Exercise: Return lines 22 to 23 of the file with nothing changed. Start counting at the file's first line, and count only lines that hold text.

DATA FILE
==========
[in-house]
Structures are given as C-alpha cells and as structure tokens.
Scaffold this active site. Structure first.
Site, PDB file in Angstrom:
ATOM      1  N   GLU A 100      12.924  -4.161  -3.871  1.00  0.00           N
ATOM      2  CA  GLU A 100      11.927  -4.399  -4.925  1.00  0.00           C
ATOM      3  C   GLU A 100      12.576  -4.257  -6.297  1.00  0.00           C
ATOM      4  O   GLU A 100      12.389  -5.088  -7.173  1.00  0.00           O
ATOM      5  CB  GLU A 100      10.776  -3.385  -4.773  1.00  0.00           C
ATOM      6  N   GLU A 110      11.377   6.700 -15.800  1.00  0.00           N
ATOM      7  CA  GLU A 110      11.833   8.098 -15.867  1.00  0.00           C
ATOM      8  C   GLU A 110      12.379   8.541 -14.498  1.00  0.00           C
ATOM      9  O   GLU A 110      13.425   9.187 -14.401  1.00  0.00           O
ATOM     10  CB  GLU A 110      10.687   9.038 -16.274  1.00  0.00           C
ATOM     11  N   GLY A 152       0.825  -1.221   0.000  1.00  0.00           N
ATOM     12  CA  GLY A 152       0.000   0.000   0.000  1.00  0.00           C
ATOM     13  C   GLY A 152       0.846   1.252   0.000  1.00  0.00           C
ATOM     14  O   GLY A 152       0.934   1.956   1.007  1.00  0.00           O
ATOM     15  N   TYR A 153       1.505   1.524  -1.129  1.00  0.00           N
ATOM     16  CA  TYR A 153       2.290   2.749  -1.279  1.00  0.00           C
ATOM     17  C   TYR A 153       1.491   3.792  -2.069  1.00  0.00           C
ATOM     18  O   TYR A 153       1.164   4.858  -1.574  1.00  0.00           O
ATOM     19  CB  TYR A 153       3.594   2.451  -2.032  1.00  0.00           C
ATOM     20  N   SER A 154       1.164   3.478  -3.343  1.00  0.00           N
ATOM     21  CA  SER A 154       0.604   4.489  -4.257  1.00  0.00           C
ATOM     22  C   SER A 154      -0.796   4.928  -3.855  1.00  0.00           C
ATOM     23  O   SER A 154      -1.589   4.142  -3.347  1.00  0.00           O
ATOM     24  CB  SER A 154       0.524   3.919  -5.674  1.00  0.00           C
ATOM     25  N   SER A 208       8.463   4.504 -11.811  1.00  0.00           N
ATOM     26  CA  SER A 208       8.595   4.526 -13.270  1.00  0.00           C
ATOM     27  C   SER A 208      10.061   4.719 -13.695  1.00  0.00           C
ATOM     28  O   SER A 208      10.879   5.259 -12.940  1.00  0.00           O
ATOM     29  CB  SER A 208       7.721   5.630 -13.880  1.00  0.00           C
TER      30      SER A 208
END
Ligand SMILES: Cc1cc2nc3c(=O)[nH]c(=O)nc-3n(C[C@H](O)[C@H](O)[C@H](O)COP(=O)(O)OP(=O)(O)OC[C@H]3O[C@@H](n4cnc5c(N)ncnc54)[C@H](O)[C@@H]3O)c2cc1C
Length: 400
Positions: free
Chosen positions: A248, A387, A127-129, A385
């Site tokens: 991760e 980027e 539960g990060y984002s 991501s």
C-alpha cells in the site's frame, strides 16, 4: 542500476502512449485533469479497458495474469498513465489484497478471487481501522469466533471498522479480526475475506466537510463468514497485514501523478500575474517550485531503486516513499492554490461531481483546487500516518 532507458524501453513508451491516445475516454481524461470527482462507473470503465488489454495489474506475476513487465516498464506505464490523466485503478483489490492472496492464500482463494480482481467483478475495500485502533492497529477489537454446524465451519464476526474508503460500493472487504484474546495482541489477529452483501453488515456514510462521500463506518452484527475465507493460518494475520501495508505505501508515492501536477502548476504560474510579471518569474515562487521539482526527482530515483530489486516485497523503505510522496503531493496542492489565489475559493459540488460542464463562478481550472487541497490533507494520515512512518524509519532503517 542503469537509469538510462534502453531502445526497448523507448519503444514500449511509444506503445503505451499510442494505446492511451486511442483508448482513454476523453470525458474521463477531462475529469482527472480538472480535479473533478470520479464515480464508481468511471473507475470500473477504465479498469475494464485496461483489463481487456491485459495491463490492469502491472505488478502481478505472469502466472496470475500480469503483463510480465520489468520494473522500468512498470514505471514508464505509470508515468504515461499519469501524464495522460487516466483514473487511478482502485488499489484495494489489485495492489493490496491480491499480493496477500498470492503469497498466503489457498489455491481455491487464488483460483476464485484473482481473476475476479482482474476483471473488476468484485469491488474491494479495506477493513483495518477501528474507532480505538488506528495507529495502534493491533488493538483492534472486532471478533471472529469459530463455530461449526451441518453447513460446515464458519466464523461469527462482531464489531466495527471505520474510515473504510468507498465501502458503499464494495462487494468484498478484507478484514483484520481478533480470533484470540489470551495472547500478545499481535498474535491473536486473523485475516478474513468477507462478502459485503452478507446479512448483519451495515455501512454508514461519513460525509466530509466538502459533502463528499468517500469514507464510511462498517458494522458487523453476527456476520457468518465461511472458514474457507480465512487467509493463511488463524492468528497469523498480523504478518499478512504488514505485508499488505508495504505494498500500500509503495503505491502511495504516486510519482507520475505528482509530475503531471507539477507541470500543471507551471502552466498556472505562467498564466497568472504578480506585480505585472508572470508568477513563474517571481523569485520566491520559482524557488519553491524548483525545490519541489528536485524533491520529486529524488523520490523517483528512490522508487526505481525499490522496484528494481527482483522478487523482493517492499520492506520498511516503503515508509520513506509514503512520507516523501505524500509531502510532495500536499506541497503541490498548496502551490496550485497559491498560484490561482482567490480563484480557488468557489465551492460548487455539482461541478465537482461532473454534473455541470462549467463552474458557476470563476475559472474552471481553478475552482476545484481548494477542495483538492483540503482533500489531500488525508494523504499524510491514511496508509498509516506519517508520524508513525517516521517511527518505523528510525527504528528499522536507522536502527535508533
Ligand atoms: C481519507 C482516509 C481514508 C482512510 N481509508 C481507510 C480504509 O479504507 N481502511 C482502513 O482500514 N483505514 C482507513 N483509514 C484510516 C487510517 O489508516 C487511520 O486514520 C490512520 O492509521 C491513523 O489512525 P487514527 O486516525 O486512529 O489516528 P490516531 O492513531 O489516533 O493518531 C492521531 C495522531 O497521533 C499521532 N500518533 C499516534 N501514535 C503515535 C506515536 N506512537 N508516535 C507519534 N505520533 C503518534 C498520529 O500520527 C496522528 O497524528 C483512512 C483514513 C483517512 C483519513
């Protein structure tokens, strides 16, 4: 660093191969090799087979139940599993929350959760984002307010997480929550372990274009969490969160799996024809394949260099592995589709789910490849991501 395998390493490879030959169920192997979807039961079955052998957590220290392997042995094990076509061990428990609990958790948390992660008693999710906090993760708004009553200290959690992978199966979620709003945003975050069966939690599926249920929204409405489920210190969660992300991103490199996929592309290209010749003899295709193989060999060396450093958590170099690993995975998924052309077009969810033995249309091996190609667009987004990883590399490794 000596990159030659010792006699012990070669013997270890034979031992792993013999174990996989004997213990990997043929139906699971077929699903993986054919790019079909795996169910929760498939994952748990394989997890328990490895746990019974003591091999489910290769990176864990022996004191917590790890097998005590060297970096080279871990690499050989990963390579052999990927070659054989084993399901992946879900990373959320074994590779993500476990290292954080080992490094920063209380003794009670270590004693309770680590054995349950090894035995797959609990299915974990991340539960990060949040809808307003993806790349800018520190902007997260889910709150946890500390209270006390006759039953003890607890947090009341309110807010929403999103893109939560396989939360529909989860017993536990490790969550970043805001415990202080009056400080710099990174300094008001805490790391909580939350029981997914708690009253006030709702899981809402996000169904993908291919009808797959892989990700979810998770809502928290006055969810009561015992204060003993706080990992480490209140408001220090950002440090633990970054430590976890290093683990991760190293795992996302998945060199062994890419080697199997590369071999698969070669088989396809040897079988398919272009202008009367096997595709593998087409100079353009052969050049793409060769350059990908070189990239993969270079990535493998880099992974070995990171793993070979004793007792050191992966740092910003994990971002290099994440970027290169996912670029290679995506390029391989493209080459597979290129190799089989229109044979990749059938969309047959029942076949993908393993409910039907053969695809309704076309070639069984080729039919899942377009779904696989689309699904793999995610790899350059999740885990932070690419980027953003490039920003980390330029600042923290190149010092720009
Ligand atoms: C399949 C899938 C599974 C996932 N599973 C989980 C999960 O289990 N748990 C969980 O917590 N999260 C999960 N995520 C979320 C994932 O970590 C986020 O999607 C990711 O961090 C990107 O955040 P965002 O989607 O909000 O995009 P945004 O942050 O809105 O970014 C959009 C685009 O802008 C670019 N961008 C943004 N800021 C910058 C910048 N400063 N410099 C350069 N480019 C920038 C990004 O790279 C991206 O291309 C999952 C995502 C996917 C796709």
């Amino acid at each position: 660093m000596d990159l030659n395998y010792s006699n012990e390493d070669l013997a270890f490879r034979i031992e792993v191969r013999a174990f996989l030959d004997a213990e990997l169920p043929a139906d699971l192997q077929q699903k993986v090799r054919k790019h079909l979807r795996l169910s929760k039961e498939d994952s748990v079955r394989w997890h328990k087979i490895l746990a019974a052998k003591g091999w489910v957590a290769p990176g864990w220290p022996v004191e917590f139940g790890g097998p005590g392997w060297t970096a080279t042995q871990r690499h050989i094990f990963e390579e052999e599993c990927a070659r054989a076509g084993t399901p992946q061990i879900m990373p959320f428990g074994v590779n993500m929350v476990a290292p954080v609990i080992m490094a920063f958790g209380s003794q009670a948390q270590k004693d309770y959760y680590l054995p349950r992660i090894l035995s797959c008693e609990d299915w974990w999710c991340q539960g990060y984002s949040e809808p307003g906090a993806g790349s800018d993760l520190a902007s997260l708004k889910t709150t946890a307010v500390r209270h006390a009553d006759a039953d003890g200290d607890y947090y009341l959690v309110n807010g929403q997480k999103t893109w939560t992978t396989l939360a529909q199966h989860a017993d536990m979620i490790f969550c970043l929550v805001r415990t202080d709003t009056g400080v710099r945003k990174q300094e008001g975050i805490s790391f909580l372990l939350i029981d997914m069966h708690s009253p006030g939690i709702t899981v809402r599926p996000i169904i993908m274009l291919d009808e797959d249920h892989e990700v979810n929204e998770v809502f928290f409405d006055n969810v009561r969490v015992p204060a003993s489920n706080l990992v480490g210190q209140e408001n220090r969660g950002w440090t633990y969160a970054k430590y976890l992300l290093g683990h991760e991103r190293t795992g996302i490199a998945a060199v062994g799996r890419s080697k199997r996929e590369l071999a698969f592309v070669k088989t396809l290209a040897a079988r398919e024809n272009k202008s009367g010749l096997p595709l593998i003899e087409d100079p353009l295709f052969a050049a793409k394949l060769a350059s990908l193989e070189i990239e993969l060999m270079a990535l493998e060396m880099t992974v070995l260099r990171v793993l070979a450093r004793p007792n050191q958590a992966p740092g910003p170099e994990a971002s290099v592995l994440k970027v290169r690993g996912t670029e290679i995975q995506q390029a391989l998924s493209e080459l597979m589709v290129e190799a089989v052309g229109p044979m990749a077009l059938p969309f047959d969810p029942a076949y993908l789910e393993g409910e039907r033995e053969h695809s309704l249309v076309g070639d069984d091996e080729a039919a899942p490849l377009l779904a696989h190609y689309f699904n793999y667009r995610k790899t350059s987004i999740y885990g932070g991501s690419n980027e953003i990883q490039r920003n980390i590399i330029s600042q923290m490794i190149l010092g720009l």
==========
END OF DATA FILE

ATOM     18  O   TYR A 153       1.164   4.858  -1.574  1.00  0.00           O
ATOM     19  CB  TYR A 153       3.594   2.451  -2.032  1.00  0.00           C